Anyway, this Marshall looks at me and says "you - that was smartly done. I could use a smart German speaker on my staff to make the rest of these Germans move as sharply. Go and tell that useless old Hochduke of yours I want you to join my staff for a bit, and if he argues I'll have his hide for cowardice and disobeying orders"

"My heavens", said Werther, "Who was this Marshall"

"Haff you not guessed by now" chortled the old Graf. "Dot vos Diss Axe".

"And who was the young man you rescued"

"Ach, some Prinz of the Blood" said the Graf. "Odious fellow, but none more so on that day, he had sh*t his pants"

And at this, the Gruff Graf actually laughed. 

"And did you take the village then" said Werther?

"Verdamnt iff I can remember" said the Graf. "Propably nott, zeere were szo many battles like zat. I fing der Allies loszt a big battle und ve hadt to run back to Bavaria soon after".

(Black Powder rules, War of Austrian Succession, using last Argument of Kings army lists. French have to take 2 poor generals, and neither managed to make much happen all game, my entire strategy was ruined by my su generals, its in my report :). The French 1st line horse, despite all being Royal, had abysmal dice, all 3 regiments routing in first combat. The Graf's German cavalry regiment held its own for a few bounds and was then forced to retire off table by waves of Austrian horse. The Austrian horse was held back by the grenadiers, the firefight on the right wing was showing no advantage, French condede the field. We had c 16 infantry battalions and 6 cavalry regimenst apiece, on a 9x 6 table, we finished the game to a good conclusion in about 2 1/2 hours despite being new to the rules. Pretty impressed with them for this period.)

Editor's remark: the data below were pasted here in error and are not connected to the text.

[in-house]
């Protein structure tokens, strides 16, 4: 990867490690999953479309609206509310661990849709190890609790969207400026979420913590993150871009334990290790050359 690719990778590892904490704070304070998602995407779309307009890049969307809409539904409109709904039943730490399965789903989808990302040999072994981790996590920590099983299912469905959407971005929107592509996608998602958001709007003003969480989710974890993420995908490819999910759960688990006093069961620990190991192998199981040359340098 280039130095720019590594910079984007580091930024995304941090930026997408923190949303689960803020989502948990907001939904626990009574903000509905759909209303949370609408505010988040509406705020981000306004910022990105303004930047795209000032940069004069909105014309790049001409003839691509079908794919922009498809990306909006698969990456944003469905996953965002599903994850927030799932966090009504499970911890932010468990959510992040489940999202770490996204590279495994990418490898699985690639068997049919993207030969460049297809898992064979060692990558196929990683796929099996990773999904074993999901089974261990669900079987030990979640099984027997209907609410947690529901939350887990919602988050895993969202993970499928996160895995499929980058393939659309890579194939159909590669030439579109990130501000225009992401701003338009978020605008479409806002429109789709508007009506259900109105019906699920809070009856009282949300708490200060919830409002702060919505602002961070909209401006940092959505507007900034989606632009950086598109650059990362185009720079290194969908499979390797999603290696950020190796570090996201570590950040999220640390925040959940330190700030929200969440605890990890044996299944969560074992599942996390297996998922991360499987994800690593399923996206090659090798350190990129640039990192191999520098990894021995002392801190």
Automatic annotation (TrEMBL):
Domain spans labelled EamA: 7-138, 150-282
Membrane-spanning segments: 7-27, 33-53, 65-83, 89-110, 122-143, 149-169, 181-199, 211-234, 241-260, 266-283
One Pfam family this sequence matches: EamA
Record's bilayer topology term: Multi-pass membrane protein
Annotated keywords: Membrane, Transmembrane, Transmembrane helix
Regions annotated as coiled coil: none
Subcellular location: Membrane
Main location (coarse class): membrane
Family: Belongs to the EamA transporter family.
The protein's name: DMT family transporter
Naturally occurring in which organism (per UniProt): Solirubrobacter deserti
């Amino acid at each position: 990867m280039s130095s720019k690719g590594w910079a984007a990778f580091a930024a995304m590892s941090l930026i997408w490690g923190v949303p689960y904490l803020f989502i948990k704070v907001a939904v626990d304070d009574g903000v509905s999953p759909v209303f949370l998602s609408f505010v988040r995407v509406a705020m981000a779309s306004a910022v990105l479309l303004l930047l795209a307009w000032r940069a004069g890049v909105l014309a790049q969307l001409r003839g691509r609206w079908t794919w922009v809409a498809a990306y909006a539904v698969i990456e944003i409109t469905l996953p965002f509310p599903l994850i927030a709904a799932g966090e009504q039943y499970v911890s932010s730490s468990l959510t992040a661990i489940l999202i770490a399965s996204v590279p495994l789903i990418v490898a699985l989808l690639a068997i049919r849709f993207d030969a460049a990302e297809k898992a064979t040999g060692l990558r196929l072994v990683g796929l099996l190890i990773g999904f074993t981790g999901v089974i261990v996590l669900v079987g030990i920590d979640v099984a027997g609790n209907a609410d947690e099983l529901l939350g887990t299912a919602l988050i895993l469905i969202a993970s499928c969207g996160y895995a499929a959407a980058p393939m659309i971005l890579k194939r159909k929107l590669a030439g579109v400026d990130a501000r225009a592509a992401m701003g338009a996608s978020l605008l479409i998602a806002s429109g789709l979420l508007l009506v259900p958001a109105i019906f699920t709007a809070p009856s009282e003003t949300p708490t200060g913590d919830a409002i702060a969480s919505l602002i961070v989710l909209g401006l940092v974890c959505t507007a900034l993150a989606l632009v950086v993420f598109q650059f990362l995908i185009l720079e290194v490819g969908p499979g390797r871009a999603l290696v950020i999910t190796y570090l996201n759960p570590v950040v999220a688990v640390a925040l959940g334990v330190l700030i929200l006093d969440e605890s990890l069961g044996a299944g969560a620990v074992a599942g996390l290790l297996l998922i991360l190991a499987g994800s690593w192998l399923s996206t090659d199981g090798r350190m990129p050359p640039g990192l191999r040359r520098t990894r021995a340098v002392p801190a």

Monday, 1 April 2013

The Real French & Indian Wars

Haven't posted for a while, but that is because much has been happening on the gaming front - Sci Fi, WW! and WW2, and of course 18th Century warfare.

In the 18th century we have moved to playing "Real" French & Indian Wars, i.e The French & the British with the Rajputs and the Moghuls and anyone else we can rope in, using Black Powder for some big games. The variety of forces is huge (and we have been painting huge forces), and all the fast moving cavalry, various odd weapons, plus variable leadership and lots of inconsistent troops make the games unpredictable and exciting. Here are some pictures of some forces and games:

Moghul Cavalry, the man front left has clearly jast been shot off his horse!

One of our games - the French line (bottom) thought themselves safe from the Indian cavalry (top, centre) owing to their guns (centrre bottom), but did not count on the Hand of Fate (left) decreeing that there will be a dreaded Black Powder 3 move charge of lancers and wild horse into the raw French Sepoys (white turbans, bottom). Ouch! 


Real Indian Warfare also has wild tribesmen who will lop your head off, albeit with a wider variety of weapons than a tomahawk - but also has rockets, camel-guns, medieval cavalry, elephants, and a large assortment of colourful and motley infantry from trained European line to hordes fighting for loot. Above, left: Dare-to-die Rathor light horse prepare to charge rocket-men on a hill

Camel-Guns take aim (left, middle)) as the Rathors charge over the hill at the Thin Red Line in the distance while in the foreground Rajput horse moves up,

The Thin Red Line stands awaiting the onslaught